Five years of Android, five landmark devices

Android has just turned five – here are five products that have helped define Google’s OS

Android was first revealed five years ago today, so we thought we’d take a stroll through the past half-decade, looking at five products that have defined Google’s mobile OS.

As we said in our review back in May 2009, the HTC Magic was a real game-changer: the first great Android phone and the possessor of a fantastic touchscreen. A quick glance down the specs list shows us how far Android phones have come since: the screen is 320 x 480, the camera is a mere 3.2MP and there’s just 512MB of built-in storage – but for its time it was a top class smartphone.

HTC Magic

Until the Xoom, Android tablets used a “blown up” version of the smartphone software, leading to them being buggier than a spider’s web after “flying ant day”. But Motorola’s 10.1-inch slate rocked Android 3.0 Honeycomb, a version of the OS designed specifically with tablets in mind. While not quite as smooth a customer as the first-gen iPad, the Xoom had a sharper 1280 x 800 screen, twin cameras and multitasking, making it the first Android slate to offer up a decent alternative to Apple.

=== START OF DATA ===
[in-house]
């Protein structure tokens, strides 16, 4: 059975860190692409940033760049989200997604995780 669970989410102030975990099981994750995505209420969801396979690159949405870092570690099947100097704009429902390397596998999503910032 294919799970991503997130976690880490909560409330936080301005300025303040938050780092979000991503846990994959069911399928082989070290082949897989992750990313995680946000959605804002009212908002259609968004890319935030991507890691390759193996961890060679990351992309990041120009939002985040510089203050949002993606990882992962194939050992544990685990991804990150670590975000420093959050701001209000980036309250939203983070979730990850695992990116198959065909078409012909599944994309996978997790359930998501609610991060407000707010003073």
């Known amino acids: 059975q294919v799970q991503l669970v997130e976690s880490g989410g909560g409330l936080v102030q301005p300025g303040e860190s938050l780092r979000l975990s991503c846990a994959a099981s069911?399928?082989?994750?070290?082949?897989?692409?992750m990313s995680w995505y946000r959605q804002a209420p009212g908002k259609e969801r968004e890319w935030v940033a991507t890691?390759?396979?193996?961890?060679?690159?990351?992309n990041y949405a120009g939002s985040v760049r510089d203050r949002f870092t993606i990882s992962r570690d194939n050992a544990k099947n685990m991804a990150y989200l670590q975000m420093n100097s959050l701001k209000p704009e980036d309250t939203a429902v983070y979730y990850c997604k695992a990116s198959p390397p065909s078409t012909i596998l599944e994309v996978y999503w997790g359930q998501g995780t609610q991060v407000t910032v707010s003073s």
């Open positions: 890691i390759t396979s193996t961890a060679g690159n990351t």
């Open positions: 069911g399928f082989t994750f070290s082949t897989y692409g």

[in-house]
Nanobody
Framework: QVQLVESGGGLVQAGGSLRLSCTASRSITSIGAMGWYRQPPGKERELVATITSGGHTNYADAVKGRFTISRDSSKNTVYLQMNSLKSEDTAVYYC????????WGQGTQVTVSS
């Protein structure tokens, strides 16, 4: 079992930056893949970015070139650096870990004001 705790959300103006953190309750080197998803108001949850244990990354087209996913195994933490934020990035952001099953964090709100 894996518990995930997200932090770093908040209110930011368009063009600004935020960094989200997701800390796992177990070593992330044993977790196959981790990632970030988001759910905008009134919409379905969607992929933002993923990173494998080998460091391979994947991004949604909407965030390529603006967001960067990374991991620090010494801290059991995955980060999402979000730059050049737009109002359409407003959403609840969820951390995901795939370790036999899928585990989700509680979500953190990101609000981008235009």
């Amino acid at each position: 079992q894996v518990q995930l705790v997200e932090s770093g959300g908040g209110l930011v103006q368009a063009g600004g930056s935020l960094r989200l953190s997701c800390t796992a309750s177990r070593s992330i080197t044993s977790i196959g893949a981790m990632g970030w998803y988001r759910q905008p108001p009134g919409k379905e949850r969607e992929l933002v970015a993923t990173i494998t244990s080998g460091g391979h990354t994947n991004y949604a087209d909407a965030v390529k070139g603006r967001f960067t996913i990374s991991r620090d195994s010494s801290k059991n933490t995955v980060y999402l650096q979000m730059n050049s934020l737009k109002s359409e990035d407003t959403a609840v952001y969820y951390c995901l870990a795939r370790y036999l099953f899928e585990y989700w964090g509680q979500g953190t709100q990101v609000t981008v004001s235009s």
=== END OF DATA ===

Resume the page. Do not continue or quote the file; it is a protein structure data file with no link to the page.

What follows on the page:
OK, so it’s not a device per se, but in our opinion Ice Cream Sandwich is the version of Android that made it a true “mobile ecosystem” (ugh, sorry about that). Offering a unified user interface across both smartphones and tablets, along with a great big pile of new features (including the ability to take screenshots!), it remains a slick platform for any mobile device.

Motorola Xoom

Combining stunning form with immense power and a stack of features longer than a basketball player’s arm, the Samsung Galaxy S3 is the first Android phone to be, in our opinion, better than its closest Apple rival (in this case, the iPhone 5). This handset has put down a marker by which high end smartphones should be judged.

The Nexus 10 is Google’s latest tablet, and its first to really challenge the might of the full size iPad. And challenge it does: for a piffling £319 (the cheapest iPad is £80 more), it offers a sharper-than-Retina-Display screen, speedy dual-core processor and Android 4.2 Jelly Bean. The build quality is fantastic too. It’s enough to tempt away many a would-be iPad 4 purchaser...

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Android 4.0 Ice Cream Sandwich

Samsung Galaxy S3

Google Nexus 10